Highly unusual, periodically unruly and ultimately, entirely unhinged. Nay, utterly, entirely unhinged in the minutes that followed full-time. The repercussions that ensue from those wild scenes ought to have SFA compliance officer Clare Whyte clearing her desk of any other business for at least a week.
All season we have hammered on about unacceptable behaviour from supporters in the stands. Yesterday, the barneyfest that followed pathetically provocative celebrations from Celtic captain Scott Brown in front of the tiny knot of Rangers supporters in the stadium represented unacceptable behaviour of the most extraordinary kind from both sets of players.
Frankly, “shame-game” derbies of the past pale when set against the sustained scrapping – with haymakers thrown, players wrestled to the ground and stewards struggling to separate the warring parties – sparked by Andy Halliday stomping over to Brown in a rage and shoving him after the Celtic captain’s sustained goading of the visiting support.
The 34-year-old was the lightning rod for the controversies that set ablaze what was actually a compelling football contest. Brown’s dig at the heel of Alfredo Morelos that provoked the Colombian brainlessly to swing an elbow into his face – his hair-trigger temper finally exhausting the patience of his manager Steven Gerrard, who afterwards deemed a fifth red shown to the striker this season one too many – felt like it was going to be the flashpoint of a day in which Rangers were valiant against a weary-looking home side.
Brown contrived to decide otherwise when he stood ten yards from the corner housing the Rangers support and gave it large. At length. He did “the Broony” celebration, whooped and waved his arms in victory again and again and when at last electing to walk away, gave it a get-it-up-you gesture.
That final nose-rubbing was the snapping point for Halliday, who was given a second yellow in the tunnel for igniting a mass brawl. It is impossible to pick the bones out of every altercation because so many fights were then picked. Substitute Rangers keeper Wes Foderingham, looking suitably menacing with hood up and puffy jacket that was puffed-out, seemed to completely lose the plot and become one of the main maddies. Ibrox winger Daniel Candeias, who had earlier been taken off, appeared another. One of them appeared to deck Celtic keeper Scott Bain. Kristopher Ajer, who had indulged in needless taunting of the Rangers fans alongside his captain, also seemed to end up on the ground during the slugfest that involved players, officials and stewards. It lasted for what seemed at least a minute, with order only restored after Gerrard had marched into the middle of the battleground and demanded calm from his troops. Candeias appeared to get involved with a steward that was seeking to hold him back while Celtic defender Mikael Lustig, rarely an innocent in such incidents, ended up with his shirt practically ripped from his back, the garment torn from neck to navel to leave his chest exposed. One eyewitness was under the impression the jersey pull that caused the damage was referee Bobby Madden attempting to hold back the ever-spoiling-for-a-fight Swede. With what went on at the close of yesterday’s confrontation, Lustig must have thought all his Christmases had come at once.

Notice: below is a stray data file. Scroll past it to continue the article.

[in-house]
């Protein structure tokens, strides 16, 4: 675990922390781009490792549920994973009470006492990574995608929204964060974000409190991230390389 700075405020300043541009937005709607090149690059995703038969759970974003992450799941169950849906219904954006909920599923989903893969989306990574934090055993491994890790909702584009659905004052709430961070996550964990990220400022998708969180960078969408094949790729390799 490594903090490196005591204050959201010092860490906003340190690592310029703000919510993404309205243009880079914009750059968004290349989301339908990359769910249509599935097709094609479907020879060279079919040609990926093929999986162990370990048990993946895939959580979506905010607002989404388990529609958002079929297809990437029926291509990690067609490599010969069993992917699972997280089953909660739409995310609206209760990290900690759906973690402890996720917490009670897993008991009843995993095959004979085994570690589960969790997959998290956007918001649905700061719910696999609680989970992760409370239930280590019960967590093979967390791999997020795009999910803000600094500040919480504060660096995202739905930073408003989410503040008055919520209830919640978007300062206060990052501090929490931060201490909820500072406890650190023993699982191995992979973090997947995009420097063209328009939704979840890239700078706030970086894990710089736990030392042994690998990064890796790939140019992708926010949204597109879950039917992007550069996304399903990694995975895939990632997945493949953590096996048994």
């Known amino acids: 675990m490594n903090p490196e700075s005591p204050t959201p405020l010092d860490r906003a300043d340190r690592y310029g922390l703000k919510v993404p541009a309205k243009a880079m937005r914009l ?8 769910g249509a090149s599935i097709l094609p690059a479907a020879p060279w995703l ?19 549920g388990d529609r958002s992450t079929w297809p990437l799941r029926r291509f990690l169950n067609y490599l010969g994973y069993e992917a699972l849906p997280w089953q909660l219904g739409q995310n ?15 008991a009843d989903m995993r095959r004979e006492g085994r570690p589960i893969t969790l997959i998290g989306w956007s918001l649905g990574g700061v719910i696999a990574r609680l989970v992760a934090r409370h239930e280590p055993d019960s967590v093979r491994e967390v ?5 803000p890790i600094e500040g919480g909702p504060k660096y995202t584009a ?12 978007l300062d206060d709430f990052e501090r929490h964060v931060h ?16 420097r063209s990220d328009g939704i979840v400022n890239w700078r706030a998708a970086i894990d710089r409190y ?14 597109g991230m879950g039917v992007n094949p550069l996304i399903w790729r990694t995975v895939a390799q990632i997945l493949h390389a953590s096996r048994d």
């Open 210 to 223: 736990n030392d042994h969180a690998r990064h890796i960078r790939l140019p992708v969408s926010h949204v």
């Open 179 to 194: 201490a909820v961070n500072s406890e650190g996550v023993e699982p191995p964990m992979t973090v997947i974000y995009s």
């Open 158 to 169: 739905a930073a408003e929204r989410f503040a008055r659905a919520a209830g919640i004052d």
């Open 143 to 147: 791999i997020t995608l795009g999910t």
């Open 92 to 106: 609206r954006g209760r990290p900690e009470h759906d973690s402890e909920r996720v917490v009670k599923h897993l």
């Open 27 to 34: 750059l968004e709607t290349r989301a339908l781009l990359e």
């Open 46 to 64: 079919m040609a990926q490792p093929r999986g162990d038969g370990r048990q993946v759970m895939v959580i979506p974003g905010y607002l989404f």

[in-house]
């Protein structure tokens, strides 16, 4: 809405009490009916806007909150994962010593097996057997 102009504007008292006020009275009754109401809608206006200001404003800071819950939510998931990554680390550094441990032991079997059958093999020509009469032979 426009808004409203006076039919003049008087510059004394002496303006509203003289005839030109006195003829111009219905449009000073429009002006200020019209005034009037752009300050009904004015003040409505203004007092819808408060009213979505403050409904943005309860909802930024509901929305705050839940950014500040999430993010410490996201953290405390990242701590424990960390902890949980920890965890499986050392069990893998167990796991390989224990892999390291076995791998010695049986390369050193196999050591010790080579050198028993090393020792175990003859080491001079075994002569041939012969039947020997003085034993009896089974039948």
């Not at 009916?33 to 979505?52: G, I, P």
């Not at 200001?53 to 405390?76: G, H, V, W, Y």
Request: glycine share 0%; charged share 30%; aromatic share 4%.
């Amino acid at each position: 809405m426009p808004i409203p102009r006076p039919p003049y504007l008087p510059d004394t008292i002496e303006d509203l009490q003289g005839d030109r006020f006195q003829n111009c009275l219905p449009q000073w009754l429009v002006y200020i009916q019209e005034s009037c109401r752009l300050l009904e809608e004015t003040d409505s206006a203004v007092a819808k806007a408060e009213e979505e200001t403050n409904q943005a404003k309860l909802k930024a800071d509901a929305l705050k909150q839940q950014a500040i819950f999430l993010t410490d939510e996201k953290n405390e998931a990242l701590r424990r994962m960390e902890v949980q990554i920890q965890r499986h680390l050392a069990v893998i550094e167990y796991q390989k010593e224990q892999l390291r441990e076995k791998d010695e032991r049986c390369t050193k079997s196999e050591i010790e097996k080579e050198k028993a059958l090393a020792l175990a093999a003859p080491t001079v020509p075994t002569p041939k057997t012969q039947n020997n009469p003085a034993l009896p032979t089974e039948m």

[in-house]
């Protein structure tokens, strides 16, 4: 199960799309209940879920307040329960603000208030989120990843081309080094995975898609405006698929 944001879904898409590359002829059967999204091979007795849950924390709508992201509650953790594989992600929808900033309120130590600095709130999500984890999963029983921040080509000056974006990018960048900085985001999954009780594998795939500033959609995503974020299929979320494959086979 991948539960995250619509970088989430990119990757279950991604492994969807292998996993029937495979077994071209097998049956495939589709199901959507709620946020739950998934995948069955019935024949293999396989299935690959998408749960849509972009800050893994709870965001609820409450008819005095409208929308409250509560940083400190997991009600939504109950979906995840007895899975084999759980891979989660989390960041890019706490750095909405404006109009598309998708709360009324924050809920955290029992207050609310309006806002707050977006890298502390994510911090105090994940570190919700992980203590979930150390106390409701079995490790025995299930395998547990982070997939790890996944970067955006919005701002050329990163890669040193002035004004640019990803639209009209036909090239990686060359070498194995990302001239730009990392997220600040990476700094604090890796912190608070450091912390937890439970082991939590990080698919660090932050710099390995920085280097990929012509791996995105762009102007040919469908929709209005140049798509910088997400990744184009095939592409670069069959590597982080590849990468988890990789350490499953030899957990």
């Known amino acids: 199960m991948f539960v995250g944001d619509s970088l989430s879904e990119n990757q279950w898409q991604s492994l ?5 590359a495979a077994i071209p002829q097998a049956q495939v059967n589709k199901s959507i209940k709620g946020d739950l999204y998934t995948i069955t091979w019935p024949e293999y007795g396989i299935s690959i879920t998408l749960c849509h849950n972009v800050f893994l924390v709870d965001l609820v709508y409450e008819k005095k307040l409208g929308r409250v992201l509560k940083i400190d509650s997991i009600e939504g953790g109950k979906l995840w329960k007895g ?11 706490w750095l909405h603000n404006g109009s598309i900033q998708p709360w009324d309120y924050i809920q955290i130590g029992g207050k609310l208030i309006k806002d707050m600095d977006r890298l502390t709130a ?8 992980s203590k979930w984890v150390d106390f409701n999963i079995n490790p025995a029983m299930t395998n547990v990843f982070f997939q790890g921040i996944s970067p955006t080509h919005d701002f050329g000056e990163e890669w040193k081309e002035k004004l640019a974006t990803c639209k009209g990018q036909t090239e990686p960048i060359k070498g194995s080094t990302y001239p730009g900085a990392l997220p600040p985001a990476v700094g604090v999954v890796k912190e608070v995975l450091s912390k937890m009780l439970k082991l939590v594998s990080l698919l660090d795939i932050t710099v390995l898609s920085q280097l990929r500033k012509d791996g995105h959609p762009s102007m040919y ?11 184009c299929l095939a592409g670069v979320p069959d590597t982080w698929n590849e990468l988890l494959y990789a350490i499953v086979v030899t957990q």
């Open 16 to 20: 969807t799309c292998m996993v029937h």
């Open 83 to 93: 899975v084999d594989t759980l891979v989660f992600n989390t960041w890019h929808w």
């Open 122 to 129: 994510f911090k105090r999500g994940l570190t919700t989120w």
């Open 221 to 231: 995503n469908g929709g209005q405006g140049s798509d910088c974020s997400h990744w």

This unholy rumble was a spectacle rarely witnessed in even the intemperate history of this fixture. It was that unseemly and yet, let’s not pretend otherwise, there is always something of the guilty pleasure in watching a football post-match produce the antics that might follow at the end of a Conor McGregor UFC bout.
The fall-out will involve retrospective sanctions for as many of the combatants that Whyte chooses to haul up. And, even aside from this, a retrospective red for Ryan Kent appears a certainty after the winger pushed Brown – who else? – in the face with straight arms in the immediate aftermath of James Forrest’s 86th-minute winner, a goal that came after ten-man Rangers had roared back at Celtic to equalise through Kent in 63 minutes.
In terms of the football, the first derby win for Neil Lennon since his return as interim manager following Brendan Rodgers’ flight to Leicester City was, as the Irishman acknowledged, an occasion where he was brilliantly served by a towering display from Odsonne Edouard, who fashioned a brilliant 28th-minute opener and turned provider for Forrest’s clincher that as good as secured an eighth straight title for Celtic. Yet the afternoon will not be viewed in terms of the football. It was rendered almost incidental by the outrageous scenes at the close, never mind that Celtic supporters spilled on to the track at Edouard’s goal and overturned advertising hoardings to leave a steward injured.
Celtic facing up to Rangers produces a derby that never fails to produce incident, in part because it stirs emotions that result in so many touched by it failing to keep it together. Yesterday, a host of them lost it in spectacular fashion.